By Dr David KingDirector: Human Genetics Alert. Presentation at 'Genetics and Law' Conference, Commonwealth Institute London, 19 November 2002
A spectre is haunting the genetics revolution, the spectre of eugenics. It sometimes seems that the word is so frightening that people adopt a strategy of silence. Yet whether the issue is cloning, germline engineering, genetic selection (prenatal or preimplantation), genetic discrimination or genetic determinism and behavioural genetics, the prospect of a new eugenics cannot be so easily dismissed.
In focusing on eugenics, my aim is not to attack geneticists, to suggest any conspiracies or to suggest that human genetics research should be stopped. However, it will not help to keep looking in the other direction. In fact, nothing is more certain to create the same kind of public backlash that we have seen with GM food. If we want the benefits of human genetics research it will be necessary to pay attention to the whole set of social, historical, political and economic forces which will tend to drive eugenic outcomes. According to many commentators, we already have eugenic and discriminatory legislation and social practices. Some of these, such as pre-natal screening programmes, are seen as beneficial by many - the aim is not to ban such practices but to work towards a situation where they are seen as unnecessary. We need a whole range of policy measures, education, legislation, guidelines and research policies that limit and reduce current and future eugenic tendencies.
In order to talk about eugenics, we need to understand what it is. According to the conventional account, eugenics is right-wing and authoritarian and more or less disappeared after 1945. In fact, eugenics laws were passed in countries with all shades of political and economic regimes, and today in still (at least nominally) Communist China, more people live under eugenics legislation than ever before. The response of the international community, and of geneticists to the Chinese legislation has been shockingly inadequate.
Neither is it essential that eugenics is coercive. Francis Galton, the founder of the eugenics movement, and many others, always advocated persuasion and incentives rather than coercion. In fact, a eugenics driven by individual choices will be much more effective than coercion, which has now acquired a very bad reputation.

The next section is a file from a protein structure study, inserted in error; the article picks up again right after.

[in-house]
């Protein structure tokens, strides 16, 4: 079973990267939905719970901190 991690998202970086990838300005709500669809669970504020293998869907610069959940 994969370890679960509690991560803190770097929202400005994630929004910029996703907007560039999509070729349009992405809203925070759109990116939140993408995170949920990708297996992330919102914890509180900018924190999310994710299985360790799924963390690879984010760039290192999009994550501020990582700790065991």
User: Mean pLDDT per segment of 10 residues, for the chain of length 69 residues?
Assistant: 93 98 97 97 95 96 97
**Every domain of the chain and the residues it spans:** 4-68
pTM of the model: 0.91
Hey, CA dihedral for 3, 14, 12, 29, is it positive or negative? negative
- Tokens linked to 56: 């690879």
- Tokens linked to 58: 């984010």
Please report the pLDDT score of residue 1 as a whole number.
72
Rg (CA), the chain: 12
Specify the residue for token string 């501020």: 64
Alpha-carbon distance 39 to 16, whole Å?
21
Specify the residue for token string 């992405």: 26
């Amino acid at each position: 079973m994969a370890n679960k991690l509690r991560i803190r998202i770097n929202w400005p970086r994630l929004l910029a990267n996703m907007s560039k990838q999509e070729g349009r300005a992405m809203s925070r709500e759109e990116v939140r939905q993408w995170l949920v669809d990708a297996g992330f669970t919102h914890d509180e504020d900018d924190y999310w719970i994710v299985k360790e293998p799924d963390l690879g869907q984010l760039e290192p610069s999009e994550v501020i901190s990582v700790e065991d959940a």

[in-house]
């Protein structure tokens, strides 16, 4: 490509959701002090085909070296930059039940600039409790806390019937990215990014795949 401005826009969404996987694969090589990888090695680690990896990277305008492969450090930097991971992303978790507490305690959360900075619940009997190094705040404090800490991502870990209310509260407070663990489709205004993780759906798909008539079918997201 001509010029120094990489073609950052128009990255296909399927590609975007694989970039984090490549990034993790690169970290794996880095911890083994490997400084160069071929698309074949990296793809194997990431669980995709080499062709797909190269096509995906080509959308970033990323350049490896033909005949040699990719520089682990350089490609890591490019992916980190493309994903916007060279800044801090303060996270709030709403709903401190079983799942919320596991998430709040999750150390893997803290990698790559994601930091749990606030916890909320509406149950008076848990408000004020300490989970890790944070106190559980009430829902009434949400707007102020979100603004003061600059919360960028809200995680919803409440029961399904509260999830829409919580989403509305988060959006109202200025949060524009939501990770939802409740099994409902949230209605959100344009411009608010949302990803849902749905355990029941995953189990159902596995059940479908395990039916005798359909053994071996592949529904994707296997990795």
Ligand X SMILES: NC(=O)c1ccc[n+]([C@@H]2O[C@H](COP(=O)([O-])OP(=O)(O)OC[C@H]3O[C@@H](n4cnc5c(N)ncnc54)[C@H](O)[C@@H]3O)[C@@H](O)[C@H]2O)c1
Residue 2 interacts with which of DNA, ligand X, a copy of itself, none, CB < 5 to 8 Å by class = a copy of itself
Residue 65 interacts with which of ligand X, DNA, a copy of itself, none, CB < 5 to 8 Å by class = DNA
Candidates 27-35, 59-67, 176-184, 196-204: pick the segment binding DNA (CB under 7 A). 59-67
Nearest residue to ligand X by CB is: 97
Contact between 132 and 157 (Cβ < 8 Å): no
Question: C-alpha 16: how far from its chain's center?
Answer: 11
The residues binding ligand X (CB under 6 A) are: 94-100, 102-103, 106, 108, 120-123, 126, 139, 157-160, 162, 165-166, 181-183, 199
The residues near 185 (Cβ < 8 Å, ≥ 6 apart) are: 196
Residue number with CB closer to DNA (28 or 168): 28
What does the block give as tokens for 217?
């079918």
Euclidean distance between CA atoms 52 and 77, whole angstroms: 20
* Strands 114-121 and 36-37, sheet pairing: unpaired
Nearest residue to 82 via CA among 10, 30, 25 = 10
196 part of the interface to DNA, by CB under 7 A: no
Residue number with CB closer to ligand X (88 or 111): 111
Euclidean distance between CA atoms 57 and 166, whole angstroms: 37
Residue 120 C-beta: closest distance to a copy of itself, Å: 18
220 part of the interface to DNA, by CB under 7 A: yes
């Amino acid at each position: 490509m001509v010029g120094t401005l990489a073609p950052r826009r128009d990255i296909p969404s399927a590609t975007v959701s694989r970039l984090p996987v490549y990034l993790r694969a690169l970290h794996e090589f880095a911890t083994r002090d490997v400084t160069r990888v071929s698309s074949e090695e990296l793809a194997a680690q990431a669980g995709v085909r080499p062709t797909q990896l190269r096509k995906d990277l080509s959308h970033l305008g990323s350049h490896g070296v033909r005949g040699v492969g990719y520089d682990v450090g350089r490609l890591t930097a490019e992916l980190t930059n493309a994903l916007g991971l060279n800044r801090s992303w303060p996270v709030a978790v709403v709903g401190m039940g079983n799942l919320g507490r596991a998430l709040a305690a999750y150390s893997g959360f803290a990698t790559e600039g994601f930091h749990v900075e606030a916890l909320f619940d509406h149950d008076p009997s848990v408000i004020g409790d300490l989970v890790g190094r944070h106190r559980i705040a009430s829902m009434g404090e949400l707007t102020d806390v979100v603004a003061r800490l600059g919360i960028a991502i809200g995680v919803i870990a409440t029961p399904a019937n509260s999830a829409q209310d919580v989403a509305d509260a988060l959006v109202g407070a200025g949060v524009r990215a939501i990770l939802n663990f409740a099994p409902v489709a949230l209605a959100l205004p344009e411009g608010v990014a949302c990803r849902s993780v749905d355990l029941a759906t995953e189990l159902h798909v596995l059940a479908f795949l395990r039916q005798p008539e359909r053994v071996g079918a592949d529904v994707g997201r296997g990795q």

In the current situation, eugenic attitudes persist amongst doctors, geneticists and the public at large. People are increasingly intolerant of imperfection, as the cosmetic surgery boom shows. Thus, while we must certainly protect women's right to choose termination of pregnancy, we should recognise that in the existing social and economic climate, choice is far from free. For those who want to preserve choice, there is a moral responsibility to work towards the elimination of eugenic social and economic forces. We must not allow the libertarian expansion of women's right to choose termination become a general consumerist right to choose and manipulate our children's characteristics without consideration of the social consequences of our actions. At present, the pervasive demands for more autonomy in reproduction effectively collude with ongoing eugenic trends.
A shopping list of measures to counter eugenics
Bans on reproductive cloning, germline genetic engineering, sex selection, genetic discrimination and over-the-counter genetic testing. Reform of discriminatory abortion laws. Protection of genetic privacy.
2. Democratic regulation
There should be democratic regulation over practices such as prenatal and pre-implantation genetic diagnosis, and over genetic testing within public health services. Such regulation should cover ethical and social implications, not merely safety and quality aspects.
3. Policy measures
In order to change the social and economic context, national policies should emphasise inclusion and support for disabled people, and counter trends towards more medicalisation and technologisation of reproduction. More funding should be directed towards public health approaches to preventing disease and disability.
4. Professional guidelines
Genetic counselling should be explicitly anti-eugenic. Genetic testing should only be offered for serious, life-threatening disorders. Parents should be able to have direct access to information from people with disabilities.
The government should fund disability equality education for all, especially doctors. Education should also aim to counter genetic determinism.
6. Research policy
There is a need for a re-evaluation of the focus on genetic causes of disease and the overemphasis on genetics in biology. Research funding must be democratised.
Public funds should not be devoted to research cloning, germline genetic engineering, the enhancement of normal characteristics. There should be a review of funding of behavioural genetics.